Easter is almost here! I can hardly believe it. I have an oldie-but-goodie Easter craft to share with you today! This is a kid-friendly project (as long as you’re cool with your kids making a mess, I mean). It only takes a few supplies – and if you already have yarn, then it hardly costs a thing! You can make these yarn eggs in any color to match your decor.
While the crafting takes about an hour for these, you’ll have 24 hours of drying time, so factor that in when you get started.
Here’s what you’ll need:
- Water Balloons
- Yarn & Scissors
- Glue (just general purpose, it doesn’t need to be anything fancy)
- Newspaper for your work surface
- Bowl for your glue mix – something disposable is easiest!
Blow up your water balloons, and cut some 8-10 foot lengths of yarn. Each water balloon will take 25-30 feet of yarn, but when I worked with more than about 10 feet at a time, I found it knotted up a lot more. So I found that three long pieces between 8-10 feet each worked the best. You may want to cut them down even shorter if you have kids, but that’s up to you!
Mix 2 parts glue to 1 part water. For 6 eggs, I used around 4 oz. glue, just to give you an idea how much you’ll need. Do this in a disposable bowl if you can – I saved this one from going into the trash with this project in mind. :)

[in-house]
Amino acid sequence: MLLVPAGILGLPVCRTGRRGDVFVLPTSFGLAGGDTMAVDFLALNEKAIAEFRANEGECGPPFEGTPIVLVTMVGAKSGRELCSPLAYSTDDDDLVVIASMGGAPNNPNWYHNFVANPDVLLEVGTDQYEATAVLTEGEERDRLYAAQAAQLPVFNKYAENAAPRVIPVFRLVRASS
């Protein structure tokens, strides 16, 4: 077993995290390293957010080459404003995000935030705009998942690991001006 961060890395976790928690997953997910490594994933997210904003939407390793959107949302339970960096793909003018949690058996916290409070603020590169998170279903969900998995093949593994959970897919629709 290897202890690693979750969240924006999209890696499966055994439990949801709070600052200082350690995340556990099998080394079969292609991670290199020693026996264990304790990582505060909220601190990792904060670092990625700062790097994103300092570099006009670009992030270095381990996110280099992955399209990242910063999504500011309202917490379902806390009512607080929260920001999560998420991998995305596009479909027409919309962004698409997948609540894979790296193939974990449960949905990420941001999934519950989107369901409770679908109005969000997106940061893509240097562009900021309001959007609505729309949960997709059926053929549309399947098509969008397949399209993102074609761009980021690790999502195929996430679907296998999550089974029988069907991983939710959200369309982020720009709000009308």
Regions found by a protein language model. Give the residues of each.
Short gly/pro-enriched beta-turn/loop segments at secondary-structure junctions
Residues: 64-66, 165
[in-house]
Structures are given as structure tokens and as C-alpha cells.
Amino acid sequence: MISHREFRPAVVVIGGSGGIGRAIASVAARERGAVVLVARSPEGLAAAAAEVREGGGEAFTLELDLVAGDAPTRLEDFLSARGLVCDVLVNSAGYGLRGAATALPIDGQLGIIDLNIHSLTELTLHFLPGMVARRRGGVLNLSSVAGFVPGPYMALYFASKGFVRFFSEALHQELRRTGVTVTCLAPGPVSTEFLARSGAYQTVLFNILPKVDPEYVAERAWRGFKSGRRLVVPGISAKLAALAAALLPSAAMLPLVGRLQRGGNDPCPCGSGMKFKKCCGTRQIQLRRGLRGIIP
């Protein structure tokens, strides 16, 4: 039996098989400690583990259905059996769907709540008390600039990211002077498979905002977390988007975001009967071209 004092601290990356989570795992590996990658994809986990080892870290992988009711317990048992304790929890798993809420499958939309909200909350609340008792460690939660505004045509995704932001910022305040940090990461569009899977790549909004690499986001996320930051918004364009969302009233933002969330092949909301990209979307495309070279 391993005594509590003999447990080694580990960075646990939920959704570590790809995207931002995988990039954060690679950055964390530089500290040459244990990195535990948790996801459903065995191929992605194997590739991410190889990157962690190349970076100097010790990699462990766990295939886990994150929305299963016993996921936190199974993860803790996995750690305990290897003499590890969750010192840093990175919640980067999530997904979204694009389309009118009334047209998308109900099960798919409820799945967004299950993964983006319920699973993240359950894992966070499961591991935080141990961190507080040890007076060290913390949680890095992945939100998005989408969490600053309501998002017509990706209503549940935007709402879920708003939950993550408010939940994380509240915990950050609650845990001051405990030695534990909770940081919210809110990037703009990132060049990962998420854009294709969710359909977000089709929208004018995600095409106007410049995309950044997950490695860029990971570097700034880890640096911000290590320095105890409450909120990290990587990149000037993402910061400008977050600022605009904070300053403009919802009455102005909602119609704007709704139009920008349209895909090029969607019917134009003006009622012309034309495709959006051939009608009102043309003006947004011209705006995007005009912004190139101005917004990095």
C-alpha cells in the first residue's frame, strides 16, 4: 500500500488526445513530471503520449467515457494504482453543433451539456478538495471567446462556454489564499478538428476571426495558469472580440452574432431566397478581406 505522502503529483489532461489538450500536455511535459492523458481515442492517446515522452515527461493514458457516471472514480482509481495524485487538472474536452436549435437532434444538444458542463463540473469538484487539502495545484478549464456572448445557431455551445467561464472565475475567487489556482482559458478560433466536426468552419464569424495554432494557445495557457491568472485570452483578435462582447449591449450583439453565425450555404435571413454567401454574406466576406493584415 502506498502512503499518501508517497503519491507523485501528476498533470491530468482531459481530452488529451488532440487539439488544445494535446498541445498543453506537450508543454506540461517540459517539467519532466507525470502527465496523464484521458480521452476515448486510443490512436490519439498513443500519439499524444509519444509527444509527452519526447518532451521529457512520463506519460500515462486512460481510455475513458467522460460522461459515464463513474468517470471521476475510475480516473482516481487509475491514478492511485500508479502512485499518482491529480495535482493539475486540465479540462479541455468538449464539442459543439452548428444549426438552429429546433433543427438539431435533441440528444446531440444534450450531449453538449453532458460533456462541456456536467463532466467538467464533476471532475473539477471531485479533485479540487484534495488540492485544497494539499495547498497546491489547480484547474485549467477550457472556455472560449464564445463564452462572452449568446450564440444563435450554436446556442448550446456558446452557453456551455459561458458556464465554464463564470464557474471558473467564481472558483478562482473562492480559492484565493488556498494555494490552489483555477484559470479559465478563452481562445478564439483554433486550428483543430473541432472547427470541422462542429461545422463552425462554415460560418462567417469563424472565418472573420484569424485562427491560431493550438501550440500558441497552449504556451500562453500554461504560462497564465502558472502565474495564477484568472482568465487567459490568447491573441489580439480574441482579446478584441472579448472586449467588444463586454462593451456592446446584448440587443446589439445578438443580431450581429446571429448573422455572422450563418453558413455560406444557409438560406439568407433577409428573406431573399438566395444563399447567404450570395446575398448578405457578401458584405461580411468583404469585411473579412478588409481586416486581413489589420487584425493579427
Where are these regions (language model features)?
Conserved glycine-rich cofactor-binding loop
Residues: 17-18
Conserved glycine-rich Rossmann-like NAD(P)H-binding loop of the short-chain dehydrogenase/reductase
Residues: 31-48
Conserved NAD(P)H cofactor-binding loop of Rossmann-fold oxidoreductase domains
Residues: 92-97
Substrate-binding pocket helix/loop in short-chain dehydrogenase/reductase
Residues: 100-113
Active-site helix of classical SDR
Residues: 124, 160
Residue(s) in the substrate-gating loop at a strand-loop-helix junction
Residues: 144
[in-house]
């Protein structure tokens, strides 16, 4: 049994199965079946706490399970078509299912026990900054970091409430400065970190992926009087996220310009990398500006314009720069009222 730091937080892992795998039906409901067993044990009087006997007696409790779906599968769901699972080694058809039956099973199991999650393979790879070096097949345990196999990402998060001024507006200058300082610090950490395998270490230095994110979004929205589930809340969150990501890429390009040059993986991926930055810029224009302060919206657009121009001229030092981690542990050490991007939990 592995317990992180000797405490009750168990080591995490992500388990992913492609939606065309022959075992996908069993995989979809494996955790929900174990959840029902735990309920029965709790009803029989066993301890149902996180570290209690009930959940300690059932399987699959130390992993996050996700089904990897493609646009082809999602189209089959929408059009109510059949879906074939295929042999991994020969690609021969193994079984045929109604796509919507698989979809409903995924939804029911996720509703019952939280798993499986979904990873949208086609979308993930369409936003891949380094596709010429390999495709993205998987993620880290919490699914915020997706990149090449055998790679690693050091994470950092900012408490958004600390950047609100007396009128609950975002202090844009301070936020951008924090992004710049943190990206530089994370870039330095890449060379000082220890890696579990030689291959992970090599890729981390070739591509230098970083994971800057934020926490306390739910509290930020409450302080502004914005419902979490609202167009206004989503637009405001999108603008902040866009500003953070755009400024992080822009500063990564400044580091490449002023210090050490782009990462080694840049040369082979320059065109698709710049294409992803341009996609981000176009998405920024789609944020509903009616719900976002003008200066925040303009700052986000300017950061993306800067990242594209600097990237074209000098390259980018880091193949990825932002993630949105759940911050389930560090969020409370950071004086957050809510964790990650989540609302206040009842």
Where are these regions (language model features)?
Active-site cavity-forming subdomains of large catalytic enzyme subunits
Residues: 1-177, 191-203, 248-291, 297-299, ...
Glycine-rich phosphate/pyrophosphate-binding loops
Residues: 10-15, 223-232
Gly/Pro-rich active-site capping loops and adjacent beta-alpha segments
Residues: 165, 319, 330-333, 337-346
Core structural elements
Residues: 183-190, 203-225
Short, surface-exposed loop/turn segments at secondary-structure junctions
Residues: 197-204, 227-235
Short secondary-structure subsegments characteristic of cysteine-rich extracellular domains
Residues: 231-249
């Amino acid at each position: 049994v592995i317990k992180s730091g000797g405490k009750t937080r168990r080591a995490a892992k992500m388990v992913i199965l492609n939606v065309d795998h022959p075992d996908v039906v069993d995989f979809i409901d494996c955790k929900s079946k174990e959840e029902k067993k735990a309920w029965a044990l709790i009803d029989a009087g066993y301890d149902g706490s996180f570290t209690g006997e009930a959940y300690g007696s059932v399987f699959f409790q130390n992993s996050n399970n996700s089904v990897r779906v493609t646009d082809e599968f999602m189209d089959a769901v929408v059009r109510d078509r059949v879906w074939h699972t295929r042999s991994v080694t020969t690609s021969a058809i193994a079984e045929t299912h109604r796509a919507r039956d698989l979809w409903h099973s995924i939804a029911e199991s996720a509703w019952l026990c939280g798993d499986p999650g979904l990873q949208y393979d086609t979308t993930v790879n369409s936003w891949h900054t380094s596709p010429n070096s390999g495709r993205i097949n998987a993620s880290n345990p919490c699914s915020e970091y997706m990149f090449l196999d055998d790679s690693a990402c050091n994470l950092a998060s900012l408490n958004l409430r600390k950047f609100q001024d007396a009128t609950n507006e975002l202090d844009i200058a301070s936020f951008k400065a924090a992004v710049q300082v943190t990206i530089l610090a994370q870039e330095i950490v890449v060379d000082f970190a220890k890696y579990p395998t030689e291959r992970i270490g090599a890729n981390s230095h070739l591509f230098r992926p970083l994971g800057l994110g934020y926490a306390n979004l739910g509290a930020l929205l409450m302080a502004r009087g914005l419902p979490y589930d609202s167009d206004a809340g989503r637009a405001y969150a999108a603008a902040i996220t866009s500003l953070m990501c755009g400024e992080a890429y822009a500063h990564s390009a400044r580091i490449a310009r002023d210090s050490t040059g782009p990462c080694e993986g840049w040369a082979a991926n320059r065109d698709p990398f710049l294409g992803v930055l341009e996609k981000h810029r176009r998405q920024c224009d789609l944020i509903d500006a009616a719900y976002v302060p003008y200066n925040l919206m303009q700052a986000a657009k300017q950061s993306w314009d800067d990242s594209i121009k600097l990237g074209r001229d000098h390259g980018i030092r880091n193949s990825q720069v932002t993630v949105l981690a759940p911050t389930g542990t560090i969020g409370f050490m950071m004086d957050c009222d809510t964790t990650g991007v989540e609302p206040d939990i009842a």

Dip a strand of yarn into the bowl. I found it worked best to toss one who strand in, soak it completely, and then pull it out of the bowl, squeezing the excess from the yarn as I went.
(This is really tough to photograph when your fingers are covered in goo, but here goes:)
Now, just start wrapping your egg. There’s no right or wrong way to do this. All I will advise is that the more times your yarn intersects and crosses over itself, the stronger your egg will be when it dries. So criss-cross away! Do try to “tuck” your beginning end under one of your wraps as you go to secure it.
I used three strands of yarn on each egg. This is how it looked as I added one strand at a time – you can just quit whenever you like the looks of it. The more yarn you use, though, the more sturdy your eggs will be.
I quit at three 8-foot strands. Adding more than that will also increase the drying time, so keep that in mind, too.
They will also dry faster if you turn them a few times over your day of drying. I turned mine 3 or 4 times. When they feel firm and dry, all that’s left to do is to remove the balloon.
Cut a small hole. The balloon will deflate and pull away from the inside of your egg, and you can just pull it out through one of the holes. On my first try (above) I cut the whole knot off, then had to fish around inside to get the rest of the balloon, so I will suggest just cutting a small hole near the knot, but keep the balloon intact. Then you already have a hold on the end and can pull it out more easily.
And that’s it! A fun way to add some color to your Easter mantel or table!